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Nine Technologies That Will Probably Kill Us All

Human beings are an odd species. For all of our capacity for logic, we are so often less rational than far less intelligent creatures. There is genius at work in the human race, twenty-four hours a day, three hundred and sixty five days a year. Somewhere, right now, one of us is changing the world with a discovery or invention or epiphany that somebody else will make look insignificant with some other discovery a few minutes from now. And yet…

We’re idiots.

You know it’s true.  I mean, look at what we eat and how hard we fight to convince each other that it’s really fine to put the stuff into our bodies that we do. I’m craving some cookies right now.

But if there’s one thing we’re better at than creating food-stuff that is both tasty and potentially deadly, it’s inventing technologies with a high probability of destroying us.  Some of those technologies might only kill some of us, while others are introduced to the world with the full knowledge that they have the capacity to bring about the end of the human race.  Oh, humans, what nonsensical beasts.

Without further ado, and without even mentioning nuclear weapons or power plants (the possibility those might kill us is old news!), I present: Nine Technologies That Will Probably Kill Us All.

(Hey, it’s a better title than Nine Technologies, Some of Which Will Kill Some of Us and Others of Which Might Kill Most or All of Us.)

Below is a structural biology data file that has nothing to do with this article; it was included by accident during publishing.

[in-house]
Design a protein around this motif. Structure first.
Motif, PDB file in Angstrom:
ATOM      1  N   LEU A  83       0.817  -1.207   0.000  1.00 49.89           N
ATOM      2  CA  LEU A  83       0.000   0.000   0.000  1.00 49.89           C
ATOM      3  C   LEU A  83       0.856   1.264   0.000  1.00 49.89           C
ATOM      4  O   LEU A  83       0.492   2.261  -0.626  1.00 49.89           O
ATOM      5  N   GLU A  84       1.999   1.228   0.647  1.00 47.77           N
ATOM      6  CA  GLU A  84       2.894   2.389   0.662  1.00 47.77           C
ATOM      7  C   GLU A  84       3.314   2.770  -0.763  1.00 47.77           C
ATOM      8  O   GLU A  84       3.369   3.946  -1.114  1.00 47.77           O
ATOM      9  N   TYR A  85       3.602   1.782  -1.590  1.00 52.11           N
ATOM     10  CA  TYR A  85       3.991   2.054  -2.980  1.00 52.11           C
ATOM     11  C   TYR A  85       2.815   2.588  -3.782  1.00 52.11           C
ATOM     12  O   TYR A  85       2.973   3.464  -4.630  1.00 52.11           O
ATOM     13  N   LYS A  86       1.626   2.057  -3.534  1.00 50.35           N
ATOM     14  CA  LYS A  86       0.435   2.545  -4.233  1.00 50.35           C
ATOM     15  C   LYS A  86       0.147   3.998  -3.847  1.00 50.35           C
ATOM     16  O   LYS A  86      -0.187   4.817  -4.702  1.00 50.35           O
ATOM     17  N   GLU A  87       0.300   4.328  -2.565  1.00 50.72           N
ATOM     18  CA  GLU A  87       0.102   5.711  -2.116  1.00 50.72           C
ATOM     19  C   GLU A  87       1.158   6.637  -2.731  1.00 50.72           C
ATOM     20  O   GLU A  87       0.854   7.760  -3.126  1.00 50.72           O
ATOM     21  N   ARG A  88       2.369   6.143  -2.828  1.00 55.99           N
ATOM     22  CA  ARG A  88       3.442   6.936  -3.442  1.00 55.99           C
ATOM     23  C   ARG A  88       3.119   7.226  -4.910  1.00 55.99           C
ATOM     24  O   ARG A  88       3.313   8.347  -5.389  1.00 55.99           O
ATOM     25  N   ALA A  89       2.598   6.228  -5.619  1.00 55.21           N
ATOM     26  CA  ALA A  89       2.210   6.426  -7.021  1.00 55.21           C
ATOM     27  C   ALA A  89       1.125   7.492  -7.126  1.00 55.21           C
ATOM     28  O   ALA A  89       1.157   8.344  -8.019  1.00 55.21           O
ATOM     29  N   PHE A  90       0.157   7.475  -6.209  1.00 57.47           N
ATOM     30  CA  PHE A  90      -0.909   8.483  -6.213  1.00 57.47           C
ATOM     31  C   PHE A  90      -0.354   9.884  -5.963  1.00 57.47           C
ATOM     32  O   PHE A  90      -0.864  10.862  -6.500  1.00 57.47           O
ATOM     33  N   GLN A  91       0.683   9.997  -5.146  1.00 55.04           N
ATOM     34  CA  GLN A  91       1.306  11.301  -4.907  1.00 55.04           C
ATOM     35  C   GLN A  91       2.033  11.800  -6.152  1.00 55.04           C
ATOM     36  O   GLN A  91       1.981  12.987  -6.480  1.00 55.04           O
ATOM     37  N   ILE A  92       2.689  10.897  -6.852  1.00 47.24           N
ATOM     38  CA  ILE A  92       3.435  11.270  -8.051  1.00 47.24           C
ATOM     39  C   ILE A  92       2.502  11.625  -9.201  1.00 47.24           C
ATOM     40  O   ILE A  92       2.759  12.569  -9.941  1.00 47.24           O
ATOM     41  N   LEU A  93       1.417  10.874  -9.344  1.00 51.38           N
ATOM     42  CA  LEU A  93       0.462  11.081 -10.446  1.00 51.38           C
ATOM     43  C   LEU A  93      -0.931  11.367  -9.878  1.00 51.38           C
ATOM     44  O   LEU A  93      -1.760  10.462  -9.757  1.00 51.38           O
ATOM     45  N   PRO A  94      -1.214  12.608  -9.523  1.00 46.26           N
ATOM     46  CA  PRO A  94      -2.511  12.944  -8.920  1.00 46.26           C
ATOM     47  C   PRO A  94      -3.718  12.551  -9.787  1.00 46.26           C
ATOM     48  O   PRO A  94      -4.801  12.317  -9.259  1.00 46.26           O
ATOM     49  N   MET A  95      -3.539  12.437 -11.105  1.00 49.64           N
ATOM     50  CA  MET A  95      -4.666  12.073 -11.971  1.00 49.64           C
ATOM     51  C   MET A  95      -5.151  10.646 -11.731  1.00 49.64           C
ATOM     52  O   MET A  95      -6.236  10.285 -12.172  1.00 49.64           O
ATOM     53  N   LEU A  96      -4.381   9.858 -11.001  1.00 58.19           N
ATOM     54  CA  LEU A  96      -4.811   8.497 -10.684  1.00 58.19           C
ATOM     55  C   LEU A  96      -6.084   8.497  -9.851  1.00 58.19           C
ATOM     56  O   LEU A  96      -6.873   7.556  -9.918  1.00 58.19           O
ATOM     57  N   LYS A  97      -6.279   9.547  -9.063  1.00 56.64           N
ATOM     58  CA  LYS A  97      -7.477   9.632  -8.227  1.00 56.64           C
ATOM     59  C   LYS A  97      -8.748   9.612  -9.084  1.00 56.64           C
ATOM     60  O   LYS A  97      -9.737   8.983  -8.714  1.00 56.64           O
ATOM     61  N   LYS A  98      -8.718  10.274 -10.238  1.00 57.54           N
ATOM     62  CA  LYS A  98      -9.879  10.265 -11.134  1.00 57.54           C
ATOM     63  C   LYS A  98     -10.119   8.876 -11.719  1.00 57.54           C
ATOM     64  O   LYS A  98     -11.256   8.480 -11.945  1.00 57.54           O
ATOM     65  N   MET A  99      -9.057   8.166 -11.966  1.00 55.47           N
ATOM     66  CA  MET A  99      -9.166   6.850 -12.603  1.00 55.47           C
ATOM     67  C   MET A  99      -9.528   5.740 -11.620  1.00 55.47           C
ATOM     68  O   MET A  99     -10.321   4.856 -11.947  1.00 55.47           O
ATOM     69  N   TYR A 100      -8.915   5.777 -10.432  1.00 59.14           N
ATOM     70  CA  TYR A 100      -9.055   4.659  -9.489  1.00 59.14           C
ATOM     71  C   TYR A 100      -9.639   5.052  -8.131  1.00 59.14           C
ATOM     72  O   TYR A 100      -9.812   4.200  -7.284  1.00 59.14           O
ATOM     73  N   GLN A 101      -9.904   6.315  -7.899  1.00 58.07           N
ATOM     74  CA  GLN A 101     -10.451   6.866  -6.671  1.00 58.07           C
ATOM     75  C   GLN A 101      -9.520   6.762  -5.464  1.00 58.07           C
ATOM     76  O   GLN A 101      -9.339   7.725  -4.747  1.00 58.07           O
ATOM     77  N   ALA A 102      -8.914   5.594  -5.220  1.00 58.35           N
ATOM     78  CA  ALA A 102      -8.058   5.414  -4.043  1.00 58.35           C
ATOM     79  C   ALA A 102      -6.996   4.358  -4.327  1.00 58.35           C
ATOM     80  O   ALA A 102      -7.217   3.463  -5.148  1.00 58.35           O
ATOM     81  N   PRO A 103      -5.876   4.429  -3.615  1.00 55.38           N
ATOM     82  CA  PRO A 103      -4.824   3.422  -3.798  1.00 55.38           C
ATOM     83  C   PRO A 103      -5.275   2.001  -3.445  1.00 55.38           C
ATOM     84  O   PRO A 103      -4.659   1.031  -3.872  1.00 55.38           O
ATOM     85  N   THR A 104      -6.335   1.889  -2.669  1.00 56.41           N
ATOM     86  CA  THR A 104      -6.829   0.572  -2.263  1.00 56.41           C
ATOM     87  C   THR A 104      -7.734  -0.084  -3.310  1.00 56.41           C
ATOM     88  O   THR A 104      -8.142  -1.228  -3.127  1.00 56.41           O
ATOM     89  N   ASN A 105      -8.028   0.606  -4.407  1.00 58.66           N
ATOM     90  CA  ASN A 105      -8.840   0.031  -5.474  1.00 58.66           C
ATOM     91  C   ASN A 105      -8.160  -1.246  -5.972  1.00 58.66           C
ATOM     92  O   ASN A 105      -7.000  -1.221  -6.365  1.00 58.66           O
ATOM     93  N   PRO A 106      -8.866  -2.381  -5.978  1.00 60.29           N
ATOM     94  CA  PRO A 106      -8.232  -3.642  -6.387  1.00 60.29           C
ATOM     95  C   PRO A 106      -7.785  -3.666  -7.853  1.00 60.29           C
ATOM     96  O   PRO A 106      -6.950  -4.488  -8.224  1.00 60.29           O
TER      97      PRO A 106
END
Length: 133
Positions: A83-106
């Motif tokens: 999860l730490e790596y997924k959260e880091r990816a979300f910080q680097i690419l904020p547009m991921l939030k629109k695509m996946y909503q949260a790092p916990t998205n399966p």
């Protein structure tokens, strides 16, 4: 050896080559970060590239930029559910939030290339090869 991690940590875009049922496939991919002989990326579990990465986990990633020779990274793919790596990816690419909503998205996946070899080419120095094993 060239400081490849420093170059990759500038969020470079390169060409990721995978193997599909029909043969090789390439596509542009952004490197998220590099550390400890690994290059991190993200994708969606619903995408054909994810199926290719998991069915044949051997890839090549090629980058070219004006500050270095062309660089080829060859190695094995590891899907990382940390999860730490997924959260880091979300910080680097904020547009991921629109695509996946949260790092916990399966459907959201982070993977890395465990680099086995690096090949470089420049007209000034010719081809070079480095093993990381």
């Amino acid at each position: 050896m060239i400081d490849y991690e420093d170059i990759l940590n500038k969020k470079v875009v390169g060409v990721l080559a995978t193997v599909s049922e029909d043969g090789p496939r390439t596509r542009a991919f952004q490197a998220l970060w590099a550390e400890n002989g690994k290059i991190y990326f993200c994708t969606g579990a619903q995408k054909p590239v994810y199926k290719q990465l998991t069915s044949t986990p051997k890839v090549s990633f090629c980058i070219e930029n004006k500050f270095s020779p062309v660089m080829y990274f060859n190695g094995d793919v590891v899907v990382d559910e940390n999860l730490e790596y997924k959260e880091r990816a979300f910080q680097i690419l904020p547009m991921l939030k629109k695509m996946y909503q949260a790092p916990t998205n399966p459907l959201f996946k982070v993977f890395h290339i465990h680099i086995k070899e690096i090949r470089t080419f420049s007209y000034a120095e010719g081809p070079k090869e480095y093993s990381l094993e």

In my novel TIN MEN, the drones are remotely piloted robot soldiers, but we don’t have to wait for that technology for drones to start killing people. We also don’t have to be at war or even focus on military action for drones to be used to take human life. Military drones have been used to kill enemy combatants for years and countless civilian casualties have resulted. But what will the future bring, now that ordinary citizens around the world are acquiring drones of their own, flying them onto the White House lawn or hovering them outside neighbors’ bedroom windows (with cameras running)?  As the tech improves and drones become increasingly available and numerous, they will doubtless be relied upon even more by the military and, likely, by police forces in the U.S. and abroad. In time, drones will be programmed to operate autonomously, both for surveillance and to take specific action. Regardless of how well programmed those drones may be, there will be the possibility of malfunction, and a malfunction in an armed drone or multiple armed drones could be disastrous. But let’s take that one step further…drones have proven they can go places people cannot easily access, and there’s no reason to think those same drones couldn’t be outfitted with explosives or, perhaps worse, biological weapons. Cheery thought, no?


Recent strides in molecular biology have made it possible to synthesize and assemble various fragments of DNA with predetermined sequences. Given that the DNA sequences of several deadly, infectious diseases are well documented amongst the scientific community, it would not be particularly challenging for enterprising biologists, either for their own purposes or under pressure from their government or some terrorist organization, to recreate samples of smallpox or polio. From scratch. Let that sink in for a moment. They won’t need to steal a sample of the deadly virus if they can just cook it up in a lab.